According to the Daily Mail
, Fred's friends spotted the monster near him where he was swimming and shouted to warn him. News-Press.com
reports that LaDawn Hayes, Fred's aunt, said when his friends saw the alligator, they began yelling. She said:“They started yelling, ‘Alligator,’ which usually is a joke, but he looked up and there was one in front of him. He reached up and grabbed the alligator underneath its bottom jaw, by his skin, and the alligator, of course, pulled him down at that point.”
According to Rebecca, Fred's sister, he had seen the maneuver a "million times" on TV. Fred said he probably learned the maneuver from the National Geographic show "Swamp Men."
When he surfaced, the animal appeared calm, but as he threw his arm back to swim away, it lunged at the arm. Fred deliberately tugged and allowed the alligator have the arm to save his life. According to Rebecca, at that point Fred knew he had a choice between his arm and his life. Hayes said: "He knew he was losing (his arm), so he just took his feet, buried his feet in the alligator’s head and just pushed so that he could get it free. Once it popped loose, he just swam as hard and fast as he could to the dock, where some friends of his pulled him up.”
reports that Gary Beck, a friend of Fred who witnessed the incident, said that as Fred swam toward the shore, "He was waving saying, 'Call the paramedics! My arm is gone!'"
His friends applied pressure to the wound and dialled 911. While he was being rushed to the hospital, a search for the alligator began. According to FWC spokesman Jorge Pino, Florida Fish and Wildlife Conservation officers caught the reptile, killed it and retrieved the arm from the animal's belly. The arm was rushed to the hospital. Pino said: “Every effort was made to try to get the arm there in time to help in any way." But medical officials said the arm was in too poor a condition for reattachment.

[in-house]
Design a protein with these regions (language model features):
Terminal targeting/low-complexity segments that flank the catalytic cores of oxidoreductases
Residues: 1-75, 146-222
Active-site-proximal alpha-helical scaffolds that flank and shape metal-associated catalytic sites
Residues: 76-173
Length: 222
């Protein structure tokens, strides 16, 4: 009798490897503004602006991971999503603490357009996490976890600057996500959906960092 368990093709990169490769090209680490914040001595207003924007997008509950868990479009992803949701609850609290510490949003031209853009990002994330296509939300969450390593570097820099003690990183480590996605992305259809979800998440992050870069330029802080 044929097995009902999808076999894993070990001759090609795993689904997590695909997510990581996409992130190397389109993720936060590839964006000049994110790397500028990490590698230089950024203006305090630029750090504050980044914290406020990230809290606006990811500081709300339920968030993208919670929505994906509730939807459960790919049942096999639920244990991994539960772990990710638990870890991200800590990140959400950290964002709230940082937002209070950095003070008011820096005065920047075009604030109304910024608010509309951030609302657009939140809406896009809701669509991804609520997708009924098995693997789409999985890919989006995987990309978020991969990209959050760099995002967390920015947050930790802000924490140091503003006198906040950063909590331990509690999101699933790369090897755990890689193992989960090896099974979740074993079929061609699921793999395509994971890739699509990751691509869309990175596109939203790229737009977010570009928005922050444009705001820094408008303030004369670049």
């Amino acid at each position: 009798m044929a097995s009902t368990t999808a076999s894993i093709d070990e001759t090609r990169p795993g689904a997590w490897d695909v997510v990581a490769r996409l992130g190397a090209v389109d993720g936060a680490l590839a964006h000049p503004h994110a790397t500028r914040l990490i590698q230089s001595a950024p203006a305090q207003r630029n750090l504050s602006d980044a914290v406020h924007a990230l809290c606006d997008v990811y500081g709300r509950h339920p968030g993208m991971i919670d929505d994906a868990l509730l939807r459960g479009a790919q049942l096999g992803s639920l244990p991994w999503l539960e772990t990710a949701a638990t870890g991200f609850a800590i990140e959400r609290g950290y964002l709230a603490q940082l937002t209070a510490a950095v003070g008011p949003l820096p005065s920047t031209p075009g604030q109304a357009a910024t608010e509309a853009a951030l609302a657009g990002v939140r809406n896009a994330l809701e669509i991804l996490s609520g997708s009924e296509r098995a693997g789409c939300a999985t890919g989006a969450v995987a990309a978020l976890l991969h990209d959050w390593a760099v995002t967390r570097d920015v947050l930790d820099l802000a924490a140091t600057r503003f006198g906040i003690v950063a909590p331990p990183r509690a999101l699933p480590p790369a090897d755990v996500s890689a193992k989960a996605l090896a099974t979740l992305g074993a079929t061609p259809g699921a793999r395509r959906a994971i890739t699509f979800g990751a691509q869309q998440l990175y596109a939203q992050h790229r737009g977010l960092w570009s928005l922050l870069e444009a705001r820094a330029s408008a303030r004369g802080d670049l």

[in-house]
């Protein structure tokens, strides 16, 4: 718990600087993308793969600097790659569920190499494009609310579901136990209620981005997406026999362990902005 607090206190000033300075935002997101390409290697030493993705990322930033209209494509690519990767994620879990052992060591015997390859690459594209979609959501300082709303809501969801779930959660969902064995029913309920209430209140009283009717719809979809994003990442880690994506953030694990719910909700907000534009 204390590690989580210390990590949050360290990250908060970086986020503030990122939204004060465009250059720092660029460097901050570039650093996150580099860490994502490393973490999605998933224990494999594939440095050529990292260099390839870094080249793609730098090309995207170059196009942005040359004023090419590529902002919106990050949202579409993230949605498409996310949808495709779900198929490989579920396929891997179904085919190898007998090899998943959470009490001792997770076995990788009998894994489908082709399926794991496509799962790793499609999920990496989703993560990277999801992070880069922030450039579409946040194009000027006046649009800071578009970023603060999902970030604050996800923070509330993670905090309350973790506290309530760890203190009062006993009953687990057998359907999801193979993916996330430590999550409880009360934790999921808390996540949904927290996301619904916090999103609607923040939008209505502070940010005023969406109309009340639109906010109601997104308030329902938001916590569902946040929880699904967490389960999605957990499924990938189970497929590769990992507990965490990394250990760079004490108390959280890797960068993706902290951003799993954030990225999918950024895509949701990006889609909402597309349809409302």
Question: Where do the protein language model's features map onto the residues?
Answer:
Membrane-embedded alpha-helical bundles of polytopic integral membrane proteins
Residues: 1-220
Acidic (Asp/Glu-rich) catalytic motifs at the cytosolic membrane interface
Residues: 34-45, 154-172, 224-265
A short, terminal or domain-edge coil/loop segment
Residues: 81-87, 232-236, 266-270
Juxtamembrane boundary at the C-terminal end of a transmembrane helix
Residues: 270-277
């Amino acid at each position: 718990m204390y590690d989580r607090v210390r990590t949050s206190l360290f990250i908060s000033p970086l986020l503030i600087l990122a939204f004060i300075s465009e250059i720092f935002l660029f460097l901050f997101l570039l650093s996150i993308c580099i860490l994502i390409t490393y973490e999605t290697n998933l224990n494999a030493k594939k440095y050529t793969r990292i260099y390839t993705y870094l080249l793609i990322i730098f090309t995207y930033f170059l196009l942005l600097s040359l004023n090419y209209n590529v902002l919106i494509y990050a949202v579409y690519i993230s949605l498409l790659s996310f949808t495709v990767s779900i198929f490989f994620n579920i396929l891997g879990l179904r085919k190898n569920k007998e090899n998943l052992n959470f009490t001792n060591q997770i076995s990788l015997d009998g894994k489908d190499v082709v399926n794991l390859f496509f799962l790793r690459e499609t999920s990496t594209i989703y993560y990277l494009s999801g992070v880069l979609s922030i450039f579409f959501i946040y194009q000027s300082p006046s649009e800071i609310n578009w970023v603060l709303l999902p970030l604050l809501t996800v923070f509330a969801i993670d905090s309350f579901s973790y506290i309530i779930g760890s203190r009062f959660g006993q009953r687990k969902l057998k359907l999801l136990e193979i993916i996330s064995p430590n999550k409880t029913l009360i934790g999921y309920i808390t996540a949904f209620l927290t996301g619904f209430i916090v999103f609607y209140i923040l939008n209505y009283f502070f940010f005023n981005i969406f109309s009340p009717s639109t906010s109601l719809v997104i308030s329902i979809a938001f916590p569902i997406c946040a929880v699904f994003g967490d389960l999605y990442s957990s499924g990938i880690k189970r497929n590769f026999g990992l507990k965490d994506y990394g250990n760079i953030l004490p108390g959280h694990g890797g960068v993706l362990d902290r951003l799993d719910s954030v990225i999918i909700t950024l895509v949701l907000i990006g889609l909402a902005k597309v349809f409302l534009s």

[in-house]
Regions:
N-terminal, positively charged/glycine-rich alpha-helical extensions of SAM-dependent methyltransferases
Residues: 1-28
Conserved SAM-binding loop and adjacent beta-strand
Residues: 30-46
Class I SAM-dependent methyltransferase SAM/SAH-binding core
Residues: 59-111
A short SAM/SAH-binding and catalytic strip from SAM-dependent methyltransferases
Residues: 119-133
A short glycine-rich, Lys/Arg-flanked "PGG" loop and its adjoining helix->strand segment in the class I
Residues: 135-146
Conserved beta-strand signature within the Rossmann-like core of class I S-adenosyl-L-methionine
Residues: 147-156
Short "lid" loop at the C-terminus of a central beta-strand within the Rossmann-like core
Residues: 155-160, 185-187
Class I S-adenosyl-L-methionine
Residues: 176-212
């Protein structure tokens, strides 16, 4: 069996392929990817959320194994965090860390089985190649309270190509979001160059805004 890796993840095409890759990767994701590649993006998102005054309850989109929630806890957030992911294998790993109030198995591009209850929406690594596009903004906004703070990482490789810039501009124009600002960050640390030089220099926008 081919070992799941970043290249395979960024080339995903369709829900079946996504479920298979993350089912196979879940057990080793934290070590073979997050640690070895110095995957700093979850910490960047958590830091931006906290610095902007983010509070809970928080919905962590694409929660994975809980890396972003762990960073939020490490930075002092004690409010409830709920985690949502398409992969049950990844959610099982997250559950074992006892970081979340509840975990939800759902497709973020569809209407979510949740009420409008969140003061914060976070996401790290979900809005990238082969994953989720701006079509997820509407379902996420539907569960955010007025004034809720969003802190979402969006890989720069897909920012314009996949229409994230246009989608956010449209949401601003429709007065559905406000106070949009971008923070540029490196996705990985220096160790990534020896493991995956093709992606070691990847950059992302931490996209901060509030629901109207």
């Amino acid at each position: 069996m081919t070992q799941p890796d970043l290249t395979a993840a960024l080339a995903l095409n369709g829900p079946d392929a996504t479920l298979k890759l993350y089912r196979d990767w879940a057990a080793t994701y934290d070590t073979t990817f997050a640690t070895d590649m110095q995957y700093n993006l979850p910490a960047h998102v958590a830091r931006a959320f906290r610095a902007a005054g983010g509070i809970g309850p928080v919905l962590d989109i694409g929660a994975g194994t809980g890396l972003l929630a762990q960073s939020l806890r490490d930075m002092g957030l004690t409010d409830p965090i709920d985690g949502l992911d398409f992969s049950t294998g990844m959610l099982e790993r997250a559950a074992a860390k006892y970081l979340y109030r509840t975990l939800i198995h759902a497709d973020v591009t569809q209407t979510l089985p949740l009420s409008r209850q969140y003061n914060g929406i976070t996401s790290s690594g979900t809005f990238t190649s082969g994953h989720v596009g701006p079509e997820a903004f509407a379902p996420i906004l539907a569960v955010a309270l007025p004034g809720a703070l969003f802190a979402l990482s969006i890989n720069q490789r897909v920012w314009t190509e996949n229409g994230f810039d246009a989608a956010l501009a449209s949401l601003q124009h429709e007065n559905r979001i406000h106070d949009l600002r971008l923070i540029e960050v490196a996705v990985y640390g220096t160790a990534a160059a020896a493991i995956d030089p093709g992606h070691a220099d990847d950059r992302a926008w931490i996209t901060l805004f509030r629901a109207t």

The 17-year-old is now recovering at the hospital and in good spirits. According to the Daily Mail
, he even joked about the incident, saying to his sister that she "won't be the only left-handed person in the family."
reports that with a pink gauze wrapping the stump at the hospital, a few hours after the attack, Fred managed a smile and asked his aunt LaDawn Hayes, to snap a photo of him on her iPhone before he underwent surgery. He appeared relieved at the fact that he was still alive.
His sister Rebecca, said: "I walked in (to his hospital room) and he told me, ‘Well, it looks like you’re not gonna be the only left-handed person in the family.'"
She said: “He’s making jokes. The first thing he told my mom when she arrived on the scene was, ‘At least it didn’t get my (left) arm. I can still drive my airboat because the airboat is powered with the left.’”
reports that Glades County Sheriff Stuart Whiddon, said that alligator attacks are rare in the area. Fish and wildlife official Jeff Ardelean, said, "It's just after mating season, eggs are already laid, but the gators are still very active. Any type of commotion on the water is potential food in their eyes."
Pino chided people for risking their lives swimming in water known to have alligators. He said: “People just need to use common sense. Any body of water in Florida at one point or another will have an alligator in it.”
reports that a similar incident occurred last month. Everglades airboat Captain Wallace Weatherholt's hand was bitten off by an alligator while he was feeding the animal. Pino said: "Unfortunately human beings have a tendency, in some instances, not to do the right thing."